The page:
Isolationism Not Likely to Surge

Article excerpt

IS there a decided falloff of support for the US military presence in the Persian Gulf from, of all people, the conservatives - those who for years were hawks?

Columnist Pat Buchanan, with impeccable conservative credentials, accepts the name, "neo-isolationist" and contends that "the old cold warriors, Catholics, and others who saw Communism as an evil and a threat against our country will go back to our familiar point of view - let's tend to our own affairs."

Another columnist with equally strong conservative credentials, William Safire, sees himself as a "geopolitical conservative," backs the US involvement in the Gulf, and is hawkish about use of US military force.

Zbigniew Brzezinski, former National Security Advisor, concedes there is a debate of this nature going on. "And there is no doubt," he told a breakfast group of reporters, "that there is some shift in public opinion regarding priorities. That is undeniable. But I'm not sure that is the same as pre-World War II isolationism.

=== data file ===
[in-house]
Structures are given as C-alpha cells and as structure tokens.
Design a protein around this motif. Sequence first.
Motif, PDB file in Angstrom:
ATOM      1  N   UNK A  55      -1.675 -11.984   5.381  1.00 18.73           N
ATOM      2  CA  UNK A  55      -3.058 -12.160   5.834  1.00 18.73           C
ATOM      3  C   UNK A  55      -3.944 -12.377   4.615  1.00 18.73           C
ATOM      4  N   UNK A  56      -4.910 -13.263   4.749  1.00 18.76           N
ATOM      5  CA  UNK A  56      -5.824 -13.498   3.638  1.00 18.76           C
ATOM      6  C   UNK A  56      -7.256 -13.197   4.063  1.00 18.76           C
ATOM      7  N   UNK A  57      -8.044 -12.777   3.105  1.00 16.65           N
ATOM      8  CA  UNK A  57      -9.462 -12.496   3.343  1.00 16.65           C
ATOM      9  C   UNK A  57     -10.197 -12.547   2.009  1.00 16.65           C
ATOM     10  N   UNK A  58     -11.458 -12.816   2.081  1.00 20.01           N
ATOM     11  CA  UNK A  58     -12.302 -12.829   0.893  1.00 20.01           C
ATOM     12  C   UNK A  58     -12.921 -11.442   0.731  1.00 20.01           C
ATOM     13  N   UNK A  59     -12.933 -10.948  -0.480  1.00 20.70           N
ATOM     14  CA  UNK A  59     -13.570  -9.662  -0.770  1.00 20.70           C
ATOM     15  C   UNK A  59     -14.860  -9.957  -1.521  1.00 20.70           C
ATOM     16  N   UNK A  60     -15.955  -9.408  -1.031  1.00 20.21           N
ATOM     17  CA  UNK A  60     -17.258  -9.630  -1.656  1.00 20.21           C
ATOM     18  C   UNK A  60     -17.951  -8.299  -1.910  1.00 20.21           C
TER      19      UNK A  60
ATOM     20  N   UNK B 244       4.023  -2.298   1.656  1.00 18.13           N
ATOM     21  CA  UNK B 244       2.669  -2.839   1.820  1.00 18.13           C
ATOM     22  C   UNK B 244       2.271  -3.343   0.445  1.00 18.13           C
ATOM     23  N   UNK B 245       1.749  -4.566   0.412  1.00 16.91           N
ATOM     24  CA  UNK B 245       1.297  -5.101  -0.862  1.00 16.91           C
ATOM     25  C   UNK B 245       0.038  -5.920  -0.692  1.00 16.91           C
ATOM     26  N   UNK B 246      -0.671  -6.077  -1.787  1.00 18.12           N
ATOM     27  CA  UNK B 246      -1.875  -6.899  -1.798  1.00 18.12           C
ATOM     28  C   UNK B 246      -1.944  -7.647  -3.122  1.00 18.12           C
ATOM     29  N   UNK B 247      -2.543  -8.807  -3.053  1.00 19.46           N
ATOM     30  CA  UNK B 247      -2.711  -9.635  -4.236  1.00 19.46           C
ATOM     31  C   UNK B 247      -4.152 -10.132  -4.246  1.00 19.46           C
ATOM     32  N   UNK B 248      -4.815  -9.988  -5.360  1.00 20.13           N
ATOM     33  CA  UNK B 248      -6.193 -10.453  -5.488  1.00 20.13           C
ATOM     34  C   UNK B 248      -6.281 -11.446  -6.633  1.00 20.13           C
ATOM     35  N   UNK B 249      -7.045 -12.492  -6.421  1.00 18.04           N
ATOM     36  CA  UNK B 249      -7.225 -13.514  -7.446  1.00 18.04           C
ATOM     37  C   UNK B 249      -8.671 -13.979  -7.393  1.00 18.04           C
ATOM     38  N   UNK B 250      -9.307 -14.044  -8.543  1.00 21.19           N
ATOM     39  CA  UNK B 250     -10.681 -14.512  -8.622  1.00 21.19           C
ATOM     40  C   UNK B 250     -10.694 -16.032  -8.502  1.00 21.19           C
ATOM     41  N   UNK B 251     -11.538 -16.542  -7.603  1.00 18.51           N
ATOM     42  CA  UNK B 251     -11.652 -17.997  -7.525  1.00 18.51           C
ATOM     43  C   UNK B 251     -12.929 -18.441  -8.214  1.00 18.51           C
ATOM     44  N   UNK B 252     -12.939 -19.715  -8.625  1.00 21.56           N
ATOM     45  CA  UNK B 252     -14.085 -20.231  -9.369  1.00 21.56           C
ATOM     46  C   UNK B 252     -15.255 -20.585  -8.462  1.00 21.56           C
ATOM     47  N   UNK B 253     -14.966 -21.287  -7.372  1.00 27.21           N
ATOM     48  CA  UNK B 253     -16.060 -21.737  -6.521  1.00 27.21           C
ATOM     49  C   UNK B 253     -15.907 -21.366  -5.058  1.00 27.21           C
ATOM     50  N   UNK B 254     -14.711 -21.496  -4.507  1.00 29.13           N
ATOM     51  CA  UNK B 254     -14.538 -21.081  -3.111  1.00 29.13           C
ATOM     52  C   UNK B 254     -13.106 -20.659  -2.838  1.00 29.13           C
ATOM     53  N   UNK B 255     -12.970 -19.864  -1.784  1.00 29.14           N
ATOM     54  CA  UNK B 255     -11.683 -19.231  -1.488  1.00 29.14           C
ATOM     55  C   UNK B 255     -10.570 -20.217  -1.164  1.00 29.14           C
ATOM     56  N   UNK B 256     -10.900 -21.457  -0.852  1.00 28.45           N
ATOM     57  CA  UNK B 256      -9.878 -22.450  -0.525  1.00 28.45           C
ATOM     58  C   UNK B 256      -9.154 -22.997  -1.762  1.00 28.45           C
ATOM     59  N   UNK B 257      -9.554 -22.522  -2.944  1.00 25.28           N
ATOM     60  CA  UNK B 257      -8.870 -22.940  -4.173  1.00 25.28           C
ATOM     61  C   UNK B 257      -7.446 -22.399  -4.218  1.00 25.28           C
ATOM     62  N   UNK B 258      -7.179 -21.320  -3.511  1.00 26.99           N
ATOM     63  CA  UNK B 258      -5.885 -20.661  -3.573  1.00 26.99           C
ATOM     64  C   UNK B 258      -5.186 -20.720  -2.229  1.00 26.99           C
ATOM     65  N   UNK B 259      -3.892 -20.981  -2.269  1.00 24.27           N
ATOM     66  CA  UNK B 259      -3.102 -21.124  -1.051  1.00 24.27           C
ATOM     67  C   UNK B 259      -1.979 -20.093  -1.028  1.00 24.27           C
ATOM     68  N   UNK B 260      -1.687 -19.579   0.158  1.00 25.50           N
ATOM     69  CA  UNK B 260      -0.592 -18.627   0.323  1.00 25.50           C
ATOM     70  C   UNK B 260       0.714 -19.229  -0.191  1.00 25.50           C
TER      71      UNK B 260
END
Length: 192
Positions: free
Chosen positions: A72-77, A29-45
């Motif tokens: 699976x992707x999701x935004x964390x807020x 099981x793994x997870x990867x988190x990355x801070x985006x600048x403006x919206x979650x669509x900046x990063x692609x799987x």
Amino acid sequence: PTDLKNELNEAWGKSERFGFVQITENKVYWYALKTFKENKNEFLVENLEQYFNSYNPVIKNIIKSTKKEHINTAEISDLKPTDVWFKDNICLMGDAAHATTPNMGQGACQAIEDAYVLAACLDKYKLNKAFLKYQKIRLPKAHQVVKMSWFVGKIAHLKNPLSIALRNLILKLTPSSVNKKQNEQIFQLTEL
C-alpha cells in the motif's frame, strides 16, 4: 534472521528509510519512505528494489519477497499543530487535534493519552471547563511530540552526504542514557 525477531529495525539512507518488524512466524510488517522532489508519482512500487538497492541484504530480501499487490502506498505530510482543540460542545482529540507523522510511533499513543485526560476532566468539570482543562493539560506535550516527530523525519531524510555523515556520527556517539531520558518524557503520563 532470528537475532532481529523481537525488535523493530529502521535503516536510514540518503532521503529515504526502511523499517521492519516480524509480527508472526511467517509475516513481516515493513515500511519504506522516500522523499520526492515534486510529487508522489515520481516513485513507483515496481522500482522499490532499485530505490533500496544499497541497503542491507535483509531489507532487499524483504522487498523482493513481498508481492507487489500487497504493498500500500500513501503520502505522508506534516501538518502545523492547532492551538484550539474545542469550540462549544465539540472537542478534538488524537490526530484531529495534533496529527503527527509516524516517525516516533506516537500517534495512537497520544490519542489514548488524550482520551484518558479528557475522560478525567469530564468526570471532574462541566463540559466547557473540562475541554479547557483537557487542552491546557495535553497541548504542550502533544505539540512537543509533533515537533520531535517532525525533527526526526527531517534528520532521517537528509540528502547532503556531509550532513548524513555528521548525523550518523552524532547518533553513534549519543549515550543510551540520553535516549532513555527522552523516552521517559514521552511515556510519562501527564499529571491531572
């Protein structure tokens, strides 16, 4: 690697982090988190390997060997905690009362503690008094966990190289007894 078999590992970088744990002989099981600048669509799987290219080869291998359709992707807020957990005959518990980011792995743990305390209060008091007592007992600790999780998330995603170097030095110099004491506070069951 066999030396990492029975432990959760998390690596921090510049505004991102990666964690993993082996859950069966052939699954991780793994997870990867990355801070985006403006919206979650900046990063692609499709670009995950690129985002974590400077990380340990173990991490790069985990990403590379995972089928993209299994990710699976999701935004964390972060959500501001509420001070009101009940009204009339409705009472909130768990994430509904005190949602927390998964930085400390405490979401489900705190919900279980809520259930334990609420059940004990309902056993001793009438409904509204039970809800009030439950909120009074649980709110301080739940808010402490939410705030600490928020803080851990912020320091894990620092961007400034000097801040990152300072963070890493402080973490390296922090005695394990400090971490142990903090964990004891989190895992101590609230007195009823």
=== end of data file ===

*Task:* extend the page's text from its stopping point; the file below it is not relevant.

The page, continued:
"Then the choice was very sharply posed. I don't think the choice today is, as then, between internationalism and nationalism. There is some concern about our priorities - how much we are spending on what. The debate today is about priorities."

I vividly remember the old-time isolationism. I lived in the Midwest, where this feeling was most strongly expressed. As the war clouds in Europe formed in the 1930s, my colleagues in university, and even my teachers, asserted, "We have no business getting involved in foreign wars." The Chicago Tribune trumpeted this message, day after day.

That refrain ended with the Japanese attack on Pearl Harbor. But without this provocation, Roosevelt would have had great difficulty uniting the country in war against Hitler.

Before Pearl Harbor the isolationists claimed that East Coast "financial interests" were trying to drag the US into the war in Europe. …